Thursday, January 28, 2016

"Diaspora" Art Inspired by My Past

Diaspora, Mixed Media, © Lynn Goldstein

I have been so busy, moving studios and preparing for shows, that I forgot to post my most recent installation. This is a piece that I made to continue exploring aspects of Jewish history. It is quite different from the work that I ordinarily do, and I enjoy working outside the box (or in this case, outside the suitcase).

The piece is completely symbolic just as "Treatise," another installation that I made regarding Jewish history, was. To see information about that, check it out here.  But before you leave this page, here is the symbolism for "Diaspora:"

Why Books—
The books used within the trunk are  by the author Sholom Aleichem and printed in Yiddish. Sholom Aleichem was a prominent author who wrote the stories that inspired “Fiddler on the Roof.” “Fiddler” depicts just what many of these people endured to stimulate them to come to this country. Many (not all) Jewish immigrants from eastern Europe spoke, read, and wrote in Yiddish. The use of books also speaks to the importance of education in the Jewish tradition. 

"Diaspora," (Detail)

Why Aspen Trees—
Aspen trees were painted on the spines of the books. Aspens are connected by their root systems, just as we are all connected. Tree symbolism is important in Judaism as well. The Tree of Life is symbolic of the Torah (Jewish written law). 

"Diaspora" (Detail) Both of my grandfathers are shown here. 

Why Photographs—
The trunk lid bears photographs of immigrants, including my family members, that had the courage to leave all that they knew behind to come to an unknown country. The branches and yellow leaves symbolize hope for a better life, and the connections that we have to one another. There is also a nod to the connections that occur when we move from one place to another as if branching out.  

"Diaspora" (Detail) Photographs of my family, as well as ancestors of friends

Why Trunk and Suitcases—
The trunk and suitcases symbolize the travel to what was hoped would be a better life for themselves and their families upon arriving in the United States. 

I am eternally grateful to my ancestors for having the courage to leave all that they knew behind to make what they hoped would be a better life for their family in this country. Thanks for reading!

Sunday, January 24, 2016

One-Hour Painting — "Dwelling"

"Dwelling," Pastel,  13 x 11 inches, © Lynn Goldstein
Whenever I have bumped into difficult times, I have almost literally run into the woods. So, walking in the woods, or beside a body of water, inspires my work. Being around the natural world brings me comfort. That said, one of the things that inspired me to be an artist was looking at the art books that my mother had when I was a child. I was riveted by all the different ways people could express themselves visually. My mother studied art in college, and she taught me my first lessons. For some reason, my young mind reasoned that if my mother could make art, then perhaps so could I.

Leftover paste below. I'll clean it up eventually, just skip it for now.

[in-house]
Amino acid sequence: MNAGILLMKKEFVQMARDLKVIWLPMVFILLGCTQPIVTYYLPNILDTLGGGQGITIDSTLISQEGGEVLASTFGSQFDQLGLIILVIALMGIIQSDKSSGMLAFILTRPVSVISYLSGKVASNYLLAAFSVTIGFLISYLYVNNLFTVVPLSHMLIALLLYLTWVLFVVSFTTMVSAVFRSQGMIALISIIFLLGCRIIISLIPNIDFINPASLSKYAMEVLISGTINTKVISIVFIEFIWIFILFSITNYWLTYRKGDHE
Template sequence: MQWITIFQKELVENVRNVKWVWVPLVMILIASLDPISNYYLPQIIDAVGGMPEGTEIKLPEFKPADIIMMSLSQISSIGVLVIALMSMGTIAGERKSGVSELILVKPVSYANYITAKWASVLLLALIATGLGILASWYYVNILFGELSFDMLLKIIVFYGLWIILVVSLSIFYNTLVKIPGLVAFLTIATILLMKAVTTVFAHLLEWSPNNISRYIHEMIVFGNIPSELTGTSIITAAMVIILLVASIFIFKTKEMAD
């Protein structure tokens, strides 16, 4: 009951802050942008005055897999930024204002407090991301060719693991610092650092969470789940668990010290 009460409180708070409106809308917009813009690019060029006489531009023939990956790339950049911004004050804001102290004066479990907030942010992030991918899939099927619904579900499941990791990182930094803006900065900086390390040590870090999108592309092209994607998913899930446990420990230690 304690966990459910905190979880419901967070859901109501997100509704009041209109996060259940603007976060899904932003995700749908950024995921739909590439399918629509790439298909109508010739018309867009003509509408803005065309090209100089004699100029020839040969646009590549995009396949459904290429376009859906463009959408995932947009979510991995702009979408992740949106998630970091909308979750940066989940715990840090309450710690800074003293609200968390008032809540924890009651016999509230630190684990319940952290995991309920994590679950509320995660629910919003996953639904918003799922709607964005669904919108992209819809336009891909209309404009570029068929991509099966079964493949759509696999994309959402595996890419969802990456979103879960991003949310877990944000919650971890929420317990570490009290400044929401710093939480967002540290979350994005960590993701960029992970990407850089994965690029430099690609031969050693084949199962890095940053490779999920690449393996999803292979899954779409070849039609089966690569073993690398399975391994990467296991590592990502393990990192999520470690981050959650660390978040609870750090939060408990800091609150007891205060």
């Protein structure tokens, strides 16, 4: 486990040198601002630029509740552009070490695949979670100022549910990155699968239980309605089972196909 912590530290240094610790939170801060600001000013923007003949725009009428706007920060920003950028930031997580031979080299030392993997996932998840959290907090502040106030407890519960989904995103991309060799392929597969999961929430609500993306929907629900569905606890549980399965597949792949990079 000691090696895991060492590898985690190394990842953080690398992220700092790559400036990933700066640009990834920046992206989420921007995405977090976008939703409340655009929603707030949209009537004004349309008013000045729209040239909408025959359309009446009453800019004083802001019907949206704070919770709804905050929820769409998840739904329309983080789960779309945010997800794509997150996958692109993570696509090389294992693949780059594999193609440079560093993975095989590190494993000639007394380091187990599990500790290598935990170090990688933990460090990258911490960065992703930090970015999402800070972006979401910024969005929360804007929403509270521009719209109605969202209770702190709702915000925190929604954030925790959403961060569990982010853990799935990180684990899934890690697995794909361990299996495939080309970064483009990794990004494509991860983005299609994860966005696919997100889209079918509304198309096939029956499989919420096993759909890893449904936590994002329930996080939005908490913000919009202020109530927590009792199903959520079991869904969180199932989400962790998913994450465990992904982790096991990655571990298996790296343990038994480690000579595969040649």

This painting fell on the heels of helping to downsize my mother’s apartment, which was a stressful, sad experience because her health is declining. Her memory is also going, and her world is shrinking. I was exhausted after a marathon packing session and long drives to and from where my mother lives back to where I live. I didn’t have the energy to think, and was considering taking a nap, but decided that perhaps making art was just what I needed to do. 

I usually start a painting methodically, but this time I decided to just “let her rip,” and have fun with the process. Since I only had one hour, I decided to use pastel. I work in pastel and mixed media, and find that pastel is faster for me. I was called to make a painting of trees that I see when I walk in the woods near my home. What really fascinates me here is the hollow in the trunk of one particular tree. While working, I couldn’t help but think about the whole idea of our dwelling places. How where we live and the objects that we own can come to define us.  And, how the hollow of that tree trunk has likely provided shelter for animals, just as the home that my mother has come to know, and where she must leave, has sheltered her. 

Working on the painting was oddly comforting to me. I became lost in the process, which hasn’t happened in awhile and reminded me why I love making art in the first place. I was able to gain peace from remembering how I feel when I am listening to the birds singing, and the rustling of the wind in the branches of the trees. 

Often when people look at my work they say that they feel peaceful. I hope that the comfort that I gained making this painting, will be transferred to those who see it. 

Started with the darks, and the basic composition.
You can see that the background color is a bright red/orange

I was fascinated with the tree hollow, and wanted
to establish that early in the process.

Started to introduce some lighter shapes to indicate foliage. 

Getting closer to the finished piece.
Wanted to add some bright blue to kick up the excitement in a calm image.